If A and B are two non-empty sets, then the set of all ordered pairs (a, b) such that "a" belongs to A and "b" belongs to B, is called the Cartesian product of A and B, to be denoted by A x B.
Thus,
A x B = {(a, b) : a ∈ A and b ∈ B}
And the Cartesian product of B and A, to be denoted by
B x A
Thus,
B x A = {(b, a) : a ∈ A and b ∈ B}
And also,
A x B ≠ B x A
But,
n(A x B) = n(B x A)
If A is null set or B is null set, we define that A x B is null set.
The figure given below clearly illustrates the Cartesian product of two sets.
Example 1 :
Let A = {1, 2, 3}, B = {4, 5}. Find A x B and B x A.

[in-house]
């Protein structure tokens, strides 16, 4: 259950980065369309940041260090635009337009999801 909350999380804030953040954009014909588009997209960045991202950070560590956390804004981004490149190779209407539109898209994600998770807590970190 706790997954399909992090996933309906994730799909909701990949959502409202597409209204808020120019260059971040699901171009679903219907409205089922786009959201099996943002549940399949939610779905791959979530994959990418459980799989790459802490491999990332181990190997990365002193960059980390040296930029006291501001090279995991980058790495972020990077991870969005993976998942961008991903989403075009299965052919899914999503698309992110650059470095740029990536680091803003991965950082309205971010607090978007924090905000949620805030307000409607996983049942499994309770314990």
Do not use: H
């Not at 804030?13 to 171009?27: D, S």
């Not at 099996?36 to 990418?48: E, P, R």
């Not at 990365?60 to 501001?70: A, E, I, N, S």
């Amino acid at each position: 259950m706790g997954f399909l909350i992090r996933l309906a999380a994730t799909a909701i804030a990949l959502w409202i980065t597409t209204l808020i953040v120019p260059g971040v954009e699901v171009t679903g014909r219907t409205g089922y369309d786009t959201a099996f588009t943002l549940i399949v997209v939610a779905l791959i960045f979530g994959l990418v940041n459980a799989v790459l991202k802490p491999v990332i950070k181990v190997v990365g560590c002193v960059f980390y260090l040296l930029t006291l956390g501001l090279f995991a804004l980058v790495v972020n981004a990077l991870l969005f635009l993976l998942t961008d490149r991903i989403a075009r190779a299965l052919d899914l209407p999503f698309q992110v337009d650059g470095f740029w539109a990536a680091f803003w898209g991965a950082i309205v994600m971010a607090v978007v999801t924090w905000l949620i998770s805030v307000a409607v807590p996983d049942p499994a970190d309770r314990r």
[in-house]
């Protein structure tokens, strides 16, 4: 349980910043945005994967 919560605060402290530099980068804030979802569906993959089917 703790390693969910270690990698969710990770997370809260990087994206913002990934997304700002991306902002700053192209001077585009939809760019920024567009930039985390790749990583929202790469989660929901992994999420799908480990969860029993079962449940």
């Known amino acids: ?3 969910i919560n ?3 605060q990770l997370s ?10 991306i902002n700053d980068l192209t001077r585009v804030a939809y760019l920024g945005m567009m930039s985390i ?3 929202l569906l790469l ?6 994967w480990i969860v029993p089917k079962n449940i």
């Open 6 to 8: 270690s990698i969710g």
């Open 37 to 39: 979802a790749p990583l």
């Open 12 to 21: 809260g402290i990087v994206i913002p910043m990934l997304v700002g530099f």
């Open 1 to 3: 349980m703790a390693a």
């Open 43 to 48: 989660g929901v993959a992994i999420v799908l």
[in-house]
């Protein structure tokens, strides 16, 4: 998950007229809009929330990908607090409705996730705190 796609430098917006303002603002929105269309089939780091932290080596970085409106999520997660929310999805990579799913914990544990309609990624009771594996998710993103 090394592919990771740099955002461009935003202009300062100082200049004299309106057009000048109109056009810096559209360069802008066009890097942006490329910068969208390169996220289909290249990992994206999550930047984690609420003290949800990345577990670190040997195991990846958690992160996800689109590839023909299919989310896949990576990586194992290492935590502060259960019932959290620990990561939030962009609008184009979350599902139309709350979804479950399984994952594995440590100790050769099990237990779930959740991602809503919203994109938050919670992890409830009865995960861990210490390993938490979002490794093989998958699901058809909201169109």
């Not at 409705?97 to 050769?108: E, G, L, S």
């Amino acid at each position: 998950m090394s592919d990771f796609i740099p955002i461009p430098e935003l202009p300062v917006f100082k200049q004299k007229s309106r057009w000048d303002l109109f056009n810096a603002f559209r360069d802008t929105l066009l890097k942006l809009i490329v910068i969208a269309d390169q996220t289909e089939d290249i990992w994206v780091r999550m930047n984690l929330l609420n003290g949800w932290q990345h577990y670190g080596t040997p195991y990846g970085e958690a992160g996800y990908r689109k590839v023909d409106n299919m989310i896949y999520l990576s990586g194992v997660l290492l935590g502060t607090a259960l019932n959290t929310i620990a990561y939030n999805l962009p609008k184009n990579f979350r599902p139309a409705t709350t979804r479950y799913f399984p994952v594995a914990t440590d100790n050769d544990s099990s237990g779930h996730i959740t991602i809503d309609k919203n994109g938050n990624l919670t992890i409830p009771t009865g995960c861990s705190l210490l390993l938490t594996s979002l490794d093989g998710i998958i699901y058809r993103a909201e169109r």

Solution :
A x B = {(1, 4), (1, 5), (2, 4), (2, 5), (3, 4), (3, 5)}
B x A = {(4, 1), (4, 2), (4, 3), (5, 1), (5, 2), (5, 3)}
Example 2 :
If A x B = {(3, 2), (3, 4), (5, 2), (5, 4)}, find the sets A and B.
Solution :
Clear, A is the set of all first co-ordinates of A x B, while B is the set of all second co-ordinates of elements of A x B.
Therefore A = {3, 5} and B = {2, 4}
Example 3 :
Let P = {1, 3, 6}, Q = {3, 5}. Prove the following :
P x Q ≠ Q x P
n(P x Q) = n(Q x P)
Solution :
Product sets :
P x Q = {(1, 3), (1, 5), (3, 3), (3, 5), (6, 3), (6, 5)}
Q x P = {(3, 1), (3, 3), (3, 6), (5, 1), (5, 3), (5, 6)}
Notice that
n(P) = 3, n(Q) = 2, n(P x Q) = 6 and n(Q x P) = 6
And also,
n(P x Q) = n(P) x n(Q)
n(Q x P) = n(P) x n(Q)
In Cartesian product, the ordered pairs (3, 5) and (5, 3) are not equal.
So,
P x Q ≠ Q x P
But,
n(P x Q) = n(Q x P)
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